Sarah Kenney sings the praises of the stalky plant commonly known as rhubarb.
Text And Photos By Sarah Kenney
I decided I wanted to make a variety of spring dishes to celebrate the turning of seasons. I was so inspired by the Mexican market I discovered in Houston and the sacks of vanilla beans I discovered there. It seems that in every other cooking program chefs are hailing the beauty of using REAL vanilla, straight from the pod. As they excitedly scrape the knife along the slender skin of the pod, I can’t imagine that tiny bit of mushiness can be that impactful.
But it most certainly can. And, now I have experienced its beautiful-ness myself.
Did you know that a vanilla bean is the stamen of an orchid and is native to Mexico? I most certainly did not know this. No wonder there were buckets of them at Canino’s market. And small tidbits like this, just give us fodder to procrastinate many times during our day. We are intrepid googlers in our household and it only takes an “I wonder why….” to get the googling going…
When my husband and I had recently graduated from college, we were both hired by the same company. I moved from NYC and he from Missouri way up to Michigan. We were introduced to the stalky plant called rhubarb because it seemed to dominate a section of our yard.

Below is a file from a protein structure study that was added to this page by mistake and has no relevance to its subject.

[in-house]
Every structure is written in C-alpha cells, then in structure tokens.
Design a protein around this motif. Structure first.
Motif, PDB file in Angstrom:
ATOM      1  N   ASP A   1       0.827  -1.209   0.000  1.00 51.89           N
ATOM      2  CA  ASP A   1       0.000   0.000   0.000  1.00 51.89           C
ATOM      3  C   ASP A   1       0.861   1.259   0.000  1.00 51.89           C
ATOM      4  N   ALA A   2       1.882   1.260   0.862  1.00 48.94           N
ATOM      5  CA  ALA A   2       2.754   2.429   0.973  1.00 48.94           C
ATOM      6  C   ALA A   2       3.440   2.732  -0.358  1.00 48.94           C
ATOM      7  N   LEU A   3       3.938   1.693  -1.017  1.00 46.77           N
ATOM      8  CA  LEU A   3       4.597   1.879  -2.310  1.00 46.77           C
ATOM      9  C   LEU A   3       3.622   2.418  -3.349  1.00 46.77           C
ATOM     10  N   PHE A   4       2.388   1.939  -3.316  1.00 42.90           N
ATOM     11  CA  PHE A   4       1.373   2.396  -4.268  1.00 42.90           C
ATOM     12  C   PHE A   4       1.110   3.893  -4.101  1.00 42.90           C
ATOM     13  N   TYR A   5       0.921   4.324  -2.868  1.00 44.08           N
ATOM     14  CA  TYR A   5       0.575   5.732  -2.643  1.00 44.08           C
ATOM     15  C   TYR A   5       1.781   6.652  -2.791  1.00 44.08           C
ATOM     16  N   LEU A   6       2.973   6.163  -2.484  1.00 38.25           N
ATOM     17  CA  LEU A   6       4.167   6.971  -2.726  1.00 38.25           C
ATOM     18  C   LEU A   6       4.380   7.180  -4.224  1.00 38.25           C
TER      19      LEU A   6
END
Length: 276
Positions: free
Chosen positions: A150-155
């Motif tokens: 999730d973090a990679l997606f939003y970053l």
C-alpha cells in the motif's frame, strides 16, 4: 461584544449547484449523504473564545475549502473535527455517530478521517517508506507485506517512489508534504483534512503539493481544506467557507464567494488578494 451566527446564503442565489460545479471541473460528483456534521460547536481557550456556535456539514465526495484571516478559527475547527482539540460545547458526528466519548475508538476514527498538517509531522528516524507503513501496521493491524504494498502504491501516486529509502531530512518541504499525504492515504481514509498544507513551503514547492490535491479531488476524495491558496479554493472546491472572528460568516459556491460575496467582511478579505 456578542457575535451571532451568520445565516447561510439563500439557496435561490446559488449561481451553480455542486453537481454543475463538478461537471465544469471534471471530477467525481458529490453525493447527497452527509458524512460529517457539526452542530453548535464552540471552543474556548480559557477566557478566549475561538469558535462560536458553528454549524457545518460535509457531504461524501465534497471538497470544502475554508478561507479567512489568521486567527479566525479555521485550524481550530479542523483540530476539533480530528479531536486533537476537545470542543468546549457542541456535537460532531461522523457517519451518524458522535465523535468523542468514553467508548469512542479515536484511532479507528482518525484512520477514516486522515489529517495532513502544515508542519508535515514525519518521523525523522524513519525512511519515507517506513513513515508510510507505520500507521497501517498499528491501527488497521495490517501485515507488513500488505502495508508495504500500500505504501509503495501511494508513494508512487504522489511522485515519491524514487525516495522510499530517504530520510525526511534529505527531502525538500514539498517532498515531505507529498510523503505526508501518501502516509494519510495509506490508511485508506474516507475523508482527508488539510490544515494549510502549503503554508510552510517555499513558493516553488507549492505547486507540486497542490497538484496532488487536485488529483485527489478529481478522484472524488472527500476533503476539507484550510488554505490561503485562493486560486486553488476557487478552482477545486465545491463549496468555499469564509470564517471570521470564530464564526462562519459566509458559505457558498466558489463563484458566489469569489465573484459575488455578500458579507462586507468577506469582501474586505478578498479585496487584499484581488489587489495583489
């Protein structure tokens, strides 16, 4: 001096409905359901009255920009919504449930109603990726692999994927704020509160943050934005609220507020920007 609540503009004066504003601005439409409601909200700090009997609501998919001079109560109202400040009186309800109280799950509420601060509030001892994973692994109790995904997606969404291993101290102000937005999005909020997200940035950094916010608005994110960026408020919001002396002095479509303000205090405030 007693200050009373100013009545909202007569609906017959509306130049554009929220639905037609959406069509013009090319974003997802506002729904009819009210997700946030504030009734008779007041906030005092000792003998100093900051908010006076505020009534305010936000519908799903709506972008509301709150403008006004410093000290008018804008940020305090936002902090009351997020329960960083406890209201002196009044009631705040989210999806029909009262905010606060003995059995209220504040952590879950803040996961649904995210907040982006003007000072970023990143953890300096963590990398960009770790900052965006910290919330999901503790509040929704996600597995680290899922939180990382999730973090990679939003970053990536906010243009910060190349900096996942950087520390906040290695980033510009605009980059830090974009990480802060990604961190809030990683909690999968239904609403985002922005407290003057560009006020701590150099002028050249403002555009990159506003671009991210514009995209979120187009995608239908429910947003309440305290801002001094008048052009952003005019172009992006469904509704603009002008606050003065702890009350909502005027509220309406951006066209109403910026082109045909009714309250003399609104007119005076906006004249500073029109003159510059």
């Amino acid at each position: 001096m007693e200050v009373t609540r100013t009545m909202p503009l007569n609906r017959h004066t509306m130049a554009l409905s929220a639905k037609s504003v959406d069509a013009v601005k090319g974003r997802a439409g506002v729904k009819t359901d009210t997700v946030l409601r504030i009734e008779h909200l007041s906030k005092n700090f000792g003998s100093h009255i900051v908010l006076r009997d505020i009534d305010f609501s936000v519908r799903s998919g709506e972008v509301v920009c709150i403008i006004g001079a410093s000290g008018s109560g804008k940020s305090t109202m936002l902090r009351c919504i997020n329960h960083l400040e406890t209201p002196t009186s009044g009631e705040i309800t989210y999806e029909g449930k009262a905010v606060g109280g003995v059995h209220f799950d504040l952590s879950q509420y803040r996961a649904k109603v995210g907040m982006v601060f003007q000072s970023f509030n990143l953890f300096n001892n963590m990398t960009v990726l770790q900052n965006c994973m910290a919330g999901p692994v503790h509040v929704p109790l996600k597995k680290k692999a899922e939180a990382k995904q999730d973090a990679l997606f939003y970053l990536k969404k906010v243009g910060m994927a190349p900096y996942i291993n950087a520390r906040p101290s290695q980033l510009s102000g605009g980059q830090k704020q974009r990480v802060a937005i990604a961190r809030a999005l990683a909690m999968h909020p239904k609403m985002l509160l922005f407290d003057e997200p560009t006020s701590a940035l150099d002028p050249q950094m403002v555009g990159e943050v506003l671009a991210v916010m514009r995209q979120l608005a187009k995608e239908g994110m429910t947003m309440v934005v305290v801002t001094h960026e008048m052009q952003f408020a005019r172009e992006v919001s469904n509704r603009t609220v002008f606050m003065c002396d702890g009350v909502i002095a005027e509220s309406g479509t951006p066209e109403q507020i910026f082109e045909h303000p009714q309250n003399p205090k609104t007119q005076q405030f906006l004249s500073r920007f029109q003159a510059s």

Our neighbors spotted it growing there and asked if they could have a bunch. We had never heard of rhubarb, being a midwestern and a southern couple. It certainly didn’t look appetizing or even pretty for that matter. We figured it was some sort of pink celery that they wanted to slice up in a salad.
Oh the smell! A few hours later, they knocked on the door and proudly presented to us a fresh out of the oven rhubarb crisp. We all sat down and had a bowl of this dessert with a scoop of ice cream.
Now we know. Who knew? Who cares? Rhubarb = Amazing!
I looked at our stalky overgrown patch of it in our yard with new felt pride.
I came across this recipe using rhubarb and thought that it reminded me so much of that spring so many years ago. We were so young. We had our first house. Life was so simple and sweet. We had money jingling in our finally employed pockets. Rhubarb Crisp certainly helped add to the sweet newness of everything in those post college and newlywed years.
What I quickly learned here in the South is that rhubarb is not easily found. It is a northern plant. It likes cold soil and close to freezing temperatures. That must have been why Patrick and I weren’t familiar with it from childhood memories. Cold is also certainly foreign to Texas. People at the grocery looked at me very quizzically when I asked where is the rhubarb. I read the recipe again and still really wanted to try it out. Finally…I found a bunch and snatched it up realizing it probably travelled pretty far to get into my recipe.
The colors in rhubarb are subtle but very beautiful. Only in the spring time do you see such vibrant jewel tones as flower buds present candy colors that are fresh and clean. Rhubarb is the perfect spring plant and represents the season well.